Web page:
Although the Covid pandemic wreaked havoc, it did lead to some positive results. It kicked off the work-from-home revolution that everyone desperately needed. Now, 35% of US remote workers are full-time home employees.

Working from home is great, but it’s not some perfect utopia. It comes with downsides, one of which is the distracting surroundings of your home working space. How can you organize your office to make it conducive to focus?

Read on as we take a look at eight office layout ideas you ought to try for your modern office space.

1. Go for Minimalism

Minimalism is all the rage these days, and for good reason. A cluttered desk isn’t just an eyesore that makes things hard to find. It’s a reflection of a distracted, stressed-out mind.

Minimalists do away with anything that isn’t necessary, hence the name. Your office nook should have all of your primary tools in constant view. Everything else should go away in drawers until required.

Many minimalist desks have just a computer, an orderly stack of documents, and maybe some light decoration. It’s incredibly clean and has its own aesthetic appeal.

2. Do Cable Management

Cable management is what it sounds like: managing all your computer cables. Build your office layout design with that cable management in mind. Buy some quality office desking that has a desktop hole where you can lead away cables down to the computer tower.

Buy some cable organizers. These are Velcro straps and hooks that you can mount on the sides and back of the desk. They make it easy to remove a cable if necessary later down the line. 

3. Purchase Organizers

Organizers are stackable plastic cubbies and shelves for, well, organizing. They come in uniform, square form factors that make it easy to fit several in a drawer. They can maximize your shelf storage space or that in a filing cabinet. 

Organizers are all the rage, and not just for keeping your office layouts in check. Many are using them to organize their storage rooms elsewhere in the home.

4. Include Some Nature

One of the biggest problems with working from home is the isolation it causes — not just from other people, but from the fresh air of the outdoors. Many people prefer the alone time it gives them, but being inside too long still can be bad for your mental health.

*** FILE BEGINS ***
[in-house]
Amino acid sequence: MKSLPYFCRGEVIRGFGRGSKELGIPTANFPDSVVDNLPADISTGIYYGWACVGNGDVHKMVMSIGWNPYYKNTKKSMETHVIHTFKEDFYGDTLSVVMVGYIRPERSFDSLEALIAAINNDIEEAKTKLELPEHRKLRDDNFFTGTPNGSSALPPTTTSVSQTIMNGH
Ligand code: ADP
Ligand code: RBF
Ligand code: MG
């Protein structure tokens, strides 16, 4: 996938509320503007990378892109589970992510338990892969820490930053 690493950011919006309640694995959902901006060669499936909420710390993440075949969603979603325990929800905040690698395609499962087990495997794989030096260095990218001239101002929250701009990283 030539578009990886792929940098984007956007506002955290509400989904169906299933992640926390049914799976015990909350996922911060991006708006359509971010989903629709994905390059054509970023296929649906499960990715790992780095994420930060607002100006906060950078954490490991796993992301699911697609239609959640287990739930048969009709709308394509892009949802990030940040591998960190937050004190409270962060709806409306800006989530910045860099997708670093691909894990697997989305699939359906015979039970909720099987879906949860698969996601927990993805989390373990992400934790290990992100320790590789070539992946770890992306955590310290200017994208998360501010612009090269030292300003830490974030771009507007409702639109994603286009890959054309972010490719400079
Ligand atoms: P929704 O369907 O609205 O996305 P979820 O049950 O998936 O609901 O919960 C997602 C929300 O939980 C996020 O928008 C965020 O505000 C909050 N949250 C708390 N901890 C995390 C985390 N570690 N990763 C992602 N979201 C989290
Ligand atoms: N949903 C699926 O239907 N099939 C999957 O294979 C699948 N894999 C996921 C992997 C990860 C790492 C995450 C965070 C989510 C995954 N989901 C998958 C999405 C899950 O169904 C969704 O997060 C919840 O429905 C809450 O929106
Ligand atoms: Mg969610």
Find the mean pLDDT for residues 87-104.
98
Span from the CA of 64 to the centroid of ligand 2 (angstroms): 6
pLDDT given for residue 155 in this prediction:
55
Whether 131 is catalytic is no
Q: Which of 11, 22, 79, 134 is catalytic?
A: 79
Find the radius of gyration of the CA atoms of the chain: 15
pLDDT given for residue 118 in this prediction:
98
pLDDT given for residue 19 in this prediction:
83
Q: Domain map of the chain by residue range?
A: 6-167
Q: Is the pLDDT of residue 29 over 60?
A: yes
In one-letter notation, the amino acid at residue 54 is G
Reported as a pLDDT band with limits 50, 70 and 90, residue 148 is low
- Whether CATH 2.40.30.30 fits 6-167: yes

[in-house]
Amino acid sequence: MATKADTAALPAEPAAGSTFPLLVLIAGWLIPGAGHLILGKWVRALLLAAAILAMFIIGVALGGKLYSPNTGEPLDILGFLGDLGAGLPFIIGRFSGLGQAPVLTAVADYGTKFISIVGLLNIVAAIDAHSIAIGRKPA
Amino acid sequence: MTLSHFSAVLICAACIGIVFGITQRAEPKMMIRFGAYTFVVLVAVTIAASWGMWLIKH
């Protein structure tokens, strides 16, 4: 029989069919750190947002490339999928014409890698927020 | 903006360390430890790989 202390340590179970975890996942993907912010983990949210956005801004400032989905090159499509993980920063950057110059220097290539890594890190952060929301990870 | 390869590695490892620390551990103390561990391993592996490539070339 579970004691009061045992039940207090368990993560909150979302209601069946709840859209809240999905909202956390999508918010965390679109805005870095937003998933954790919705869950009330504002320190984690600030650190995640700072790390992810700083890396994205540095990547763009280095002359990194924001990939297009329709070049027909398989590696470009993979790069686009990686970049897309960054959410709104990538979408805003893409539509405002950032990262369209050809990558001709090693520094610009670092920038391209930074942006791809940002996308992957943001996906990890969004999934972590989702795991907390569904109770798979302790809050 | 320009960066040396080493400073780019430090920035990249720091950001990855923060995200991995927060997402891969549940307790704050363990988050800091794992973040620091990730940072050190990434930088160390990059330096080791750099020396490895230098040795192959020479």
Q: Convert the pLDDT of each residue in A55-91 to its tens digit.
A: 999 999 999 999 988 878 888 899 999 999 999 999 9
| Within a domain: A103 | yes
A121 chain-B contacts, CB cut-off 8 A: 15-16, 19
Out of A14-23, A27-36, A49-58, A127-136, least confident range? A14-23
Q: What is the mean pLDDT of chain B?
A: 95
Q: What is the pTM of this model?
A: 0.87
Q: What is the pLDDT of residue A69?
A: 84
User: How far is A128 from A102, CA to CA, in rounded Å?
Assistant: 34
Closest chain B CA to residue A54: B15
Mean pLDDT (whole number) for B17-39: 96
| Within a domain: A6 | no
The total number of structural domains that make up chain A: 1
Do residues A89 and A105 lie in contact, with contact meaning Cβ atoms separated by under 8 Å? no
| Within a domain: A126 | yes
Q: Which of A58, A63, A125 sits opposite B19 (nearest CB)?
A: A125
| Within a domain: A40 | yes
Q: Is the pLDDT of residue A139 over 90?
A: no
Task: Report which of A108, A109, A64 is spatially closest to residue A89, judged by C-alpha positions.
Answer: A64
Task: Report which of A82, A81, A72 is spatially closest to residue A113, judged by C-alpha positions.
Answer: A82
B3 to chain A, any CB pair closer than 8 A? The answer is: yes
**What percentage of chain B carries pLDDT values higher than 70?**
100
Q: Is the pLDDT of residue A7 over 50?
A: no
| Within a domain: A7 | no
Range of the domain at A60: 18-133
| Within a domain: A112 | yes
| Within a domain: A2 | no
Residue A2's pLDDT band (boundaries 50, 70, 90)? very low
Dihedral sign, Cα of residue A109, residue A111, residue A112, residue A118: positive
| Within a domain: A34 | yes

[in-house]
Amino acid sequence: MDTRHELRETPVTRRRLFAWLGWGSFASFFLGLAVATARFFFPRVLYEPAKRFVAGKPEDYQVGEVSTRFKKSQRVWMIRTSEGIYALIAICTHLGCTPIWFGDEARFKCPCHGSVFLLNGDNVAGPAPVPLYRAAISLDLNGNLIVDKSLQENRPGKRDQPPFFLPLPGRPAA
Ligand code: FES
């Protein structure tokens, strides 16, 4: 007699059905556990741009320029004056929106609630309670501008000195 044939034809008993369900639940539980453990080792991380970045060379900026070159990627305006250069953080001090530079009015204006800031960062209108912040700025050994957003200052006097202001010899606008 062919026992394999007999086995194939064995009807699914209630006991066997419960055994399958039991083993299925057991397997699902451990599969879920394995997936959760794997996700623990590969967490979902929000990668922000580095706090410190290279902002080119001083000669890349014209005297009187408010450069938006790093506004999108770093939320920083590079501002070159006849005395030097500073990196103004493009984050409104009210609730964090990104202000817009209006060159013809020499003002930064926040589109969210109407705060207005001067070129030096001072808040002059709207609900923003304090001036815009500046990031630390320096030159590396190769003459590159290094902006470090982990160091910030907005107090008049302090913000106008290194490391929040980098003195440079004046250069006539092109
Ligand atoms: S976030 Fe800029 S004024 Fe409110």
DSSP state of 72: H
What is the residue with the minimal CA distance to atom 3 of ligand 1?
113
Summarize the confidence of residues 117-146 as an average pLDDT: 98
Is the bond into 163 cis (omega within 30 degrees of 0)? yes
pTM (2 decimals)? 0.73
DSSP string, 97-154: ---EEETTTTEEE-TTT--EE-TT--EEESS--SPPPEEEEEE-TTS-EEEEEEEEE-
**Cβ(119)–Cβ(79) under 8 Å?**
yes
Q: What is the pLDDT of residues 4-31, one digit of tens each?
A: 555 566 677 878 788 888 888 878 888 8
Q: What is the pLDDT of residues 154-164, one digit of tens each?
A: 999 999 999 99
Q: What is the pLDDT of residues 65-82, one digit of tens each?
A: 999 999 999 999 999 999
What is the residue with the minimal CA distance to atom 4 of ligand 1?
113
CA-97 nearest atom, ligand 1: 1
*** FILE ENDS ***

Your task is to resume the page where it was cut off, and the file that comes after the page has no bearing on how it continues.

To help alleviate this, make sure to get some potted plants. Set them on your desk, on shelves, or elsewhere in the room. When you need a break between meetings, you can water them.

Plants aside, try to include some natural light in your office space. Sometimes that desk inspiration you’ve been lacking is because of a lack of the sun’s rays.

5. Build Around Movement

Standing desks have grown in popularity over the past few years. These are desks with an adjustable top that raises and lowers via a motor. Then, you can work at the desk either standing or sitting down.

If you do plan on getting a standing desk, you have to build the office layout design with it in mind. For example, many standing desks are not made to carry much weight. If you have a set of bookshelf speakers, you’ll need to relocate them to stands or an actual shelf.

Create a space that allows you to walk around freely. The workday will go by much faster if you feel like you can be mobile inside your workspace area. 

6. Make Things Adjustable

Another key is to avoid creating an office that feels too static. While it is important to get a nice, sturdy, comfortable desk, you don’t want to be tied to it.

Some people trick their brains into thinking the office isn’t static with adjustable decor. For example, you could have a rolling cart to hold documents or other office paraphernalia. Or you could purchase a desk with wheels and move it from one wall to another.

You could even have a fold-down wall desk so your office space doesn’t feel like an office. You close up the desk at the end of the day, and the office disappears. It’s great not just for reducing physical clutter but mental clutter as well.

7. Soundproof the Room

Your office layout isn’t just about physical isolation from the rest of your home. If your space is isolated, but you can still hear everything, then you’ll have an unholy marriage of work and home life. Fortunately, there are many small things you can do to reduce the noise.

First, make sure you have a carpeted floor to cut down on echoes. You might consider triple-pane, soundproof glass for the windows. Thick curtains likewise help to mitigate sound leakage from the outside. 

If you have the time and the patience, consider some acoustic treatment for the walls. This can be done on a budget, provided you have the patience for sonic measurements. You’ll have to get some zigzag foam cut-outs that you mount on various parts of the walls to redirect noise.

8. Face Away from the Door

This is a small tip but an important one. We all have this conception of open office spaces, like the ones we see in the movies. The boss, for example, always has a big desk that lets him see anyone who enters the room.

Both of these ideas are not conducive to focus and productivity. They lead to constant distractions when people enter — even if they are quiet and unobtrusive. It also presents issues with privacy, such as when a confidential call leaks out your office door into the rest of the house.

Simply put, face everything away from the door. Put the desk against the wall with everything angled around it. You’ll quickly see productivity gains with such a small change.

Find More Office Layout Ideas

Just a handful of these eight office layout ideas can make a huge difference in your work-from-home life. Focusing on minimalism, with heavy organization via cable hooks and organizers, keeps things clean and orderly. Having a standing desk with free movement makes you feel less like you’re on a ball and chain.

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